Wednesday, February 1, 2012

1 - 2 - 12, testing, testing

Apologies for the title, but it was irresistible today, and provides a good opportunity to talk about one of the fields in the Moodle issue tracker. If you go and look at any issue there, for example MDL-30854, you can see it along side all the more common fields that most bug tracking systems have to describe issues. It is a good field, so I hope it will also become common in other bug-tracking systems. Allow me to explain why.

I don't think it is a good field all the time. When I just want to do a simple quick bug-fix, it is irritating to have another field to fill in before submitting the patch for integration. You have to think things like

  • How can someone else verify that my patch fixes what was wrong?
  • What else might this change have broken? How can someone quickly check that there are no obvious regressions?

and that is the whole point! Anything that makes you stop and thing about the important questions is good. Having to write it down in a few words, while taking a bit of time, forces you to think clearly. After all "We learn particularly well from the act of creating or expressing something for others to see."

The testing instructions can also help us think about other important questions. You have to describe how to test things through the Moodle interface, so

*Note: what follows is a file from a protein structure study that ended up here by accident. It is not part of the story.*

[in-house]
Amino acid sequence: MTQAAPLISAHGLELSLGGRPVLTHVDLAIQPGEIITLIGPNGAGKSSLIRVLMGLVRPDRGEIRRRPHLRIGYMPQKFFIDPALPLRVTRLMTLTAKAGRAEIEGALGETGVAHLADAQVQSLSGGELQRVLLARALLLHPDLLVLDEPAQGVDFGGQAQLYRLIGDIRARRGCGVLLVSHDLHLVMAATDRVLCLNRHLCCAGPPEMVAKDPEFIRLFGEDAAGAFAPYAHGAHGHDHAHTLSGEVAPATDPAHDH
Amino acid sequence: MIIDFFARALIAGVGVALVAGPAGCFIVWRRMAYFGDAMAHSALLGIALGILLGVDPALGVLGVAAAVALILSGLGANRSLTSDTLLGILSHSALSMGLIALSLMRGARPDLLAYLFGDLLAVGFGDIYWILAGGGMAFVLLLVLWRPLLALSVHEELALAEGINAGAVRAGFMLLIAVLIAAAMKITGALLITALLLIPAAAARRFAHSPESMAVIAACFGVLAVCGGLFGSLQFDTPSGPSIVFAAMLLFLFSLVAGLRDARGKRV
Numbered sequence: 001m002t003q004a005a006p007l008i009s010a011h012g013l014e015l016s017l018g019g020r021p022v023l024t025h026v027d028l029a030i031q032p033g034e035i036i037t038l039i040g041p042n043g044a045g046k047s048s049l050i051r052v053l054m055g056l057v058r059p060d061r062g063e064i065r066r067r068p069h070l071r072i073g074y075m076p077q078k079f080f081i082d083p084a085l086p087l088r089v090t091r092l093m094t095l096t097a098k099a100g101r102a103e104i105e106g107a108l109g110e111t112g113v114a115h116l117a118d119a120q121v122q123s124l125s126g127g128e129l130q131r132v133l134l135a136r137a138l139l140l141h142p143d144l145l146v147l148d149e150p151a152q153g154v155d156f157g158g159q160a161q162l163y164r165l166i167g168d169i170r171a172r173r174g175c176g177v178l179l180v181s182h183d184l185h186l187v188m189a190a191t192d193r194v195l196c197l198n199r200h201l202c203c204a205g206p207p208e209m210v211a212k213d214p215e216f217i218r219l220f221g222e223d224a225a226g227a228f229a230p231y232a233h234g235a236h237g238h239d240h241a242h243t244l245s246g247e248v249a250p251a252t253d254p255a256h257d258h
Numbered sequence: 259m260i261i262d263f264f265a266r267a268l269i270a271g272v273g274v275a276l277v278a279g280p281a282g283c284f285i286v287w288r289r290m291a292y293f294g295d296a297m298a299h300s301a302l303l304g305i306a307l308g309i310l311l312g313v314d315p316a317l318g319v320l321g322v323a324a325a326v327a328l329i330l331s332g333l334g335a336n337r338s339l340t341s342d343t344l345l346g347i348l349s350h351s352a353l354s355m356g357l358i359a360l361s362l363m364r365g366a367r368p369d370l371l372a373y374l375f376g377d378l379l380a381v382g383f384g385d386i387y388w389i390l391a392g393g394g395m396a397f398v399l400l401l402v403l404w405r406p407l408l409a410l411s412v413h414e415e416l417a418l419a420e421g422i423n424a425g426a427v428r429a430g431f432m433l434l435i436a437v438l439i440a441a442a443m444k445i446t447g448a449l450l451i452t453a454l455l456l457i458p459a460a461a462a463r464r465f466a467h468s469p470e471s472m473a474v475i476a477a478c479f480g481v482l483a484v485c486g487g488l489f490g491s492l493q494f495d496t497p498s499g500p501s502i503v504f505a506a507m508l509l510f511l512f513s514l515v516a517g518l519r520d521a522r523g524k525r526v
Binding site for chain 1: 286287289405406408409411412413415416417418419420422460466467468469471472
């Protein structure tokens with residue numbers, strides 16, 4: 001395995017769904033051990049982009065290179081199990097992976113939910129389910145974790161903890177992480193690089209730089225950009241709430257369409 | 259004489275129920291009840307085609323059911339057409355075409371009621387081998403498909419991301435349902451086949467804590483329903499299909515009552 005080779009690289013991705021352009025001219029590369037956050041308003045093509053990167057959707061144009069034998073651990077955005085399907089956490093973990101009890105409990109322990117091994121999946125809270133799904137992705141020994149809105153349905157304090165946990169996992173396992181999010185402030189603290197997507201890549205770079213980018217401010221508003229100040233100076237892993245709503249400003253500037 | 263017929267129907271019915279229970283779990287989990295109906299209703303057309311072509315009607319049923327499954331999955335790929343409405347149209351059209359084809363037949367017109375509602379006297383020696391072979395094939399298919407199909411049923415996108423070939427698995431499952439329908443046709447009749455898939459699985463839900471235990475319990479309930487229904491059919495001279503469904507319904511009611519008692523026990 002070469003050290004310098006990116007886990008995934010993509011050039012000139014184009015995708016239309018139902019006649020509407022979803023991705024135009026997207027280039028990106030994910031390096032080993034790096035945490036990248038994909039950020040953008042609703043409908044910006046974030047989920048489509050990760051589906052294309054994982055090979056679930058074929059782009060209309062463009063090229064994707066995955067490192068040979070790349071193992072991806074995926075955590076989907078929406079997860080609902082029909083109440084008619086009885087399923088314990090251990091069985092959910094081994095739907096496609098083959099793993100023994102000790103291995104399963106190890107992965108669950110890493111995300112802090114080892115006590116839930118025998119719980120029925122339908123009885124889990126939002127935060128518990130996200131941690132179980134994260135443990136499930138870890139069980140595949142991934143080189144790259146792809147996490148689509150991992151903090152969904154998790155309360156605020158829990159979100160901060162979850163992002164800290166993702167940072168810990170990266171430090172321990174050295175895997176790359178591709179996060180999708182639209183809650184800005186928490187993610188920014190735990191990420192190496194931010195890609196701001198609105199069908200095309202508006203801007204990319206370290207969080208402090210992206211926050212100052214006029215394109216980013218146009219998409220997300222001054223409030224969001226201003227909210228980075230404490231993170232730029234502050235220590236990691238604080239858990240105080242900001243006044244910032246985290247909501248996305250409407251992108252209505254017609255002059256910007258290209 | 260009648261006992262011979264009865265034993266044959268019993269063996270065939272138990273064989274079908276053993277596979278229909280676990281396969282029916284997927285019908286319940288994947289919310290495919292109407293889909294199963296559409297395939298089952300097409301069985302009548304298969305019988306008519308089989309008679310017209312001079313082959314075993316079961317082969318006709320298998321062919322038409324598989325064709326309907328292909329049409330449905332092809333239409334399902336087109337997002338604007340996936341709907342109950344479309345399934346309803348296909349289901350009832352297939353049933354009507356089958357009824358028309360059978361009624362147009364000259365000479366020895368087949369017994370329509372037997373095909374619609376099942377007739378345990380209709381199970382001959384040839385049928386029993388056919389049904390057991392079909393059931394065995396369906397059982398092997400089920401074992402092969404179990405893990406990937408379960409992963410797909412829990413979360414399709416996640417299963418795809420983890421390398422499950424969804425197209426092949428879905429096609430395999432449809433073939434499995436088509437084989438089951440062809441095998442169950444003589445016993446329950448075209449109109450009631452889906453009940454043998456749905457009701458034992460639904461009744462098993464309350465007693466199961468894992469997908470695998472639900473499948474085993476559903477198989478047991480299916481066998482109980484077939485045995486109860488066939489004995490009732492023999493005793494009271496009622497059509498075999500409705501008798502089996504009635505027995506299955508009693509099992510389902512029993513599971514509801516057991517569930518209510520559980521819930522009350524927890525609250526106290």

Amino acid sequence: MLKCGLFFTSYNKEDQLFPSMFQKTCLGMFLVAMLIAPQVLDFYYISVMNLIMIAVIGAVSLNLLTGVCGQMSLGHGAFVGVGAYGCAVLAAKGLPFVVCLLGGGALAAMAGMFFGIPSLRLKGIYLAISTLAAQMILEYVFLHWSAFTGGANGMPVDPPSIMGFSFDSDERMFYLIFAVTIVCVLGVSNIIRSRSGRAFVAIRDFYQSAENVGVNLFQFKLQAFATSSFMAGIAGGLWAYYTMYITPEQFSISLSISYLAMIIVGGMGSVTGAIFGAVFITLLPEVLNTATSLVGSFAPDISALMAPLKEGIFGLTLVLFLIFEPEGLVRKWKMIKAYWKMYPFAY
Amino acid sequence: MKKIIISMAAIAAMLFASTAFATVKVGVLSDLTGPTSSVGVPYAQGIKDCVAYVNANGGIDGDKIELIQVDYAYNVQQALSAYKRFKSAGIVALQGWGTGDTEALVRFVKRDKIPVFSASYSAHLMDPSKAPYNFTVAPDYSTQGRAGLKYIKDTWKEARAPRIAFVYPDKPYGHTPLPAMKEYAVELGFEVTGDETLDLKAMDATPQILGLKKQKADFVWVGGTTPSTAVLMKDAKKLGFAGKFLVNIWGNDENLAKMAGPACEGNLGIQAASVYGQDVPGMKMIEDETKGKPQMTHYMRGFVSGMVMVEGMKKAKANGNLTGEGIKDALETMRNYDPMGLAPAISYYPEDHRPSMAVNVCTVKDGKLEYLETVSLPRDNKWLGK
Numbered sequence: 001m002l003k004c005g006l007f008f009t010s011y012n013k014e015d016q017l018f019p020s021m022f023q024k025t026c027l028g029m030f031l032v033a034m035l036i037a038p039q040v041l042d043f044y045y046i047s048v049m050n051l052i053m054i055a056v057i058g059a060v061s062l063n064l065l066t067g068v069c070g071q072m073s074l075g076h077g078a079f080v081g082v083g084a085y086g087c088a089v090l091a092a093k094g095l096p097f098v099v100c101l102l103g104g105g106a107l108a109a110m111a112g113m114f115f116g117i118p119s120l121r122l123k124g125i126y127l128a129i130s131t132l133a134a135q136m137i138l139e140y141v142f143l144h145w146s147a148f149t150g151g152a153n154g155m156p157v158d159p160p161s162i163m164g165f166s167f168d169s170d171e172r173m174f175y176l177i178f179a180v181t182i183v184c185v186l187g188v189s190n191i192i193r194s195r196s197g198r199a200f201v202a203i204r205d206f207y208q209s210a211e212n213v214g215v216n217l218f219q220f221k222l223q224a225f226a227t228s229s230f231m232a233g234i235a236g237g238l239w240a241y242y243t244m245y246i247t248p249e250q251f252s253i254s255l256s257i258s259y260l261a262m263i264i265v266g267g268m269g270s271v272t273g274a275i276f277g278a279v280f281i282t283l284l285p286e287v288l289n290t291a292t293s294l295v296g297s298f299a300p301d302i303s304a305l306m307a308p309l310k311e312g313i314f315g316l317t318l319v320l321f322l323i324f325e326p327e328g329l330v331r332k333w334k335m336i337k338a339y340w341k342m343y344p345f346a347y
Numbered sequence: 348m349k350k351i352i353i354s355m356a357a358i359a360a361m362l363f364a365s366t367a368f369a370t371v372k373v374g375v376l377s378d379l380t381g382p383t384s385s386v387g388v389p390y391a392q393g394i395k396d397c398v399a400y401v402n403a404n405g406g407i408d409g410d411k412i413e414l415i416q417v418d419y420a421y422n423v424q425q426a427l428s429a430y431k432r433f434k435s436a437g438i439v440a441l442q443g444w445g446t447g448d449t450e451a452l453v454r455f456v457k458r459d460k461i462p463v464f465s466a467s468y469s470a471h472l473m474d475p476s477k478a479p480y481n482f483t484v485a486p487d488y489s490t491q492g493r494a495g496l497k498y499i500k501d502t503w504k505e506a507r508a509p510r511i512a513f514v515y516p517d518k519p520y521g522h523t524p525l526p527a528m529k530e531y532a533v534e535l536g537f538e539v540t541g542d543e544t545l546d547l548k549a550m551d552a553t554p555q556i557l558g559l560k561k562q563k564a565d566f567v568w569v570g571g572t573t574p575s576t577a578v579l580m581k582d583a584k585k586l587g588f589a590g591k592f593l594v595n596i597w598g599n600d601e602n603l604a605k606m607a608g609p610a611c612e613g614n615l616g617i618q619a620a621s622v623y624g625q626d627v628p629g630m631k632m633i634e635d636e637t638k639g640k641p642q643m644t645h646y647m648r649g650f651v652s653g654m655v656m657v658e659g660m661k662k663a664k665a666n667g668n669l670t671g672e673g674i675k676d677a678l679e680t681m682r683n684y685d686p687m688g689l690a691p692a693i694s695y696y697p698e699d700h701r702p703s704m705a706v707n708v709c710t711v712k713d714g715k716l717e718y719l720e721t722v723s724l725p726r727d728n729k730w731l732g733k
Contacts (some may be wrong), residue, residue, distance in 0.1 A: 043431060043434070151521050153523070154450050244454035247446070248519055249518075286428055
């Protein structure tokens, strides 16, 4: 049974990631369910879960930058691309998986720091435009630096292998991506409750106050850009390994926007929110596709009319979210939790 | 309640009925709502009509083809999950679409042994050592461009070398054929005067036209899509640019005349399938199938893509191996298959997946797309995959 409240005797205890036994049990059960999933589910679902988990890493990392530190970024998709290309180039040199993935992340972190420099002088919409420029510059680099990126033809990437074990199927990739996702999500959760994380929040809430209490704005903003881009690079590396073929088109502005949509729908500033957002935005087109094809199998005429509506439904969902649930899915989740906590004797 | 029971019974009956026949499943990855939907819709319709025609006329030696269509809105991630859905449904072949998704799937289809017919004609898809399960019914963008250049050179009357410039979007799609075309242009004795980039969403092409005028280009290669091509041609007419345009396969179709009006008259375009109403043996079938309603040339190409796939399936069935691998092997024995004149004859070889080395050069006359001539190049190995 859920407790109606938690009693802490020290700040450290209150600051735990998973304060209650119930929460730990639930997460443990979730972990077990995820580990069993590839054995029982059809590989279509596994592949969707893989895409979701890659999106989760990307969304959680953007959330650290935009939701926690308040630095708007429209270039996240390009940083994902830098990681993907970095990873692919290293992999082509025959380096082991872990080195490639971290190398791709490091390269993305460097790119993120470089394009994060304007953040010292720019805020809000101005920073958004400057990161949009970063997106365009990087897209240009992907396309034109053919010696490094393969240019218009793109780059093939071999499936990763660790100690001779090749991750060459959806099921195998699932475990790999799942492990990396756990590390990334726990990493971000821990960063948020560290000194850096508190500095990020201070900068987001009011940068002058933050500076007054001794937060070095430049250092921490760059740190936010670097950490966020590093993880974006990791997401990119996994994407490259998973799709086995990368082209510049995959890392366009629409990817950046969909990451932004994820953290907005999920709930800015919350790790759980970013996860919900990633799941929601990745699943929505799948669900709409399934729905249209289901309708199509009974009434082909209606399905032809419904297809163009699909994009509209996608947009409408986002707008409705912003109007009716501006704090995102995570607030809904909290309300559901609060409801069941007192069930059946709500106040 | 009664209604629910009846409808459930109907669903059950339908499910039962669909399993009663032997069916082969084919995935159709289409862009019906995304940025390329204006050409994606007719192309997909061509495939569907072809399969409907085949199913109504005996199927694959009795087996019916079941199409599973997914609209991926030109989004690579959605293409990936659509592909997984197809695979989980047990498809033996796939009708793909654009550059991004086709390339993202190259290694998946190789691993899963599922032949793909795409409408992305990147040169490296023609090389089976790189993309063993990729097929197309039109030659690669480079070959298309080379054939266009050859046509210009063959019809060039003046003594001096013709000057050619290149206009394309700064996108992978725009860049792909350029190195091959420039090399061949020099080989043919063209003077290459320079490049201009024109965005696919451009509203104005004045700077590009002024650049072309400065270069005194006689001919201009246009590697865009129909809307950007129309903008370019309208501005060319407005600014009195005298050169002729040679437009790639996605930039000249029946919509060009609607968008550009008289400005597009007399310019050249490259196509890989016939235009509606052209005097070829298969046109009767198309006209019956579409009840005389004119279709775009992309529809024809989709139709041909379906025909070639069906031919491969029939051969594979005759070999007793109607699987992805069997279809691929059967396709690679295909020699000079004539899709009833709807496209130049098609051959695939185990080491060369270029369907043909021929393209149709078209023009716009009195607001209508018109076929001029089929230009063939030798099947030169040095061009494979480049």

• How does this feature look in the user-interface?
  • How do users interact with it?
These are important questions it is easy to forget when worrying about the technicalities of the code.

Writing the testing instructions is also a salutary reminder that you might want to actually test the code yourself before submitting it for review. I encountered that phenomenon today, writing the testing instructions for MDL-31445. I was thinking about what might go wrong, and realised that the HTML might be invalid as a result of the change. So I went and validated, and found not only that there was a problem with the first version of the patch, which I fixed, but I also found and fixed MDL-31469.

So: The Testing instructions field. Easily worth the hassle of filling it in. Consider adding it to you own bug-tracking systems - assuming you have a process where someone independent tests every bug fix. If you don't have that ...


  1. Tim,
    I really like your article and especially:
    .... assuming you have a process where someone independent tests every bug fix. If you don't have that ...

    Do you know any Moodle Tester personally who could help with testing on part-time basis?
    Perhaps you or one of your colleagues?
    Our developers have done Moodle 1.9.8 customisation.
    A swift response would be very much appreciated!

  2. I think you should be finding a representative of your users to do the testing. It is your users' needs you are trying to satisfy, so you need someone testing on their behalf.

  3. I agree. We'll do that and also run a pilot before we launch.
    However I thought it would good to have a Moodler to do some implementation "auditing" before we start the pilot.
    We will pay for the service.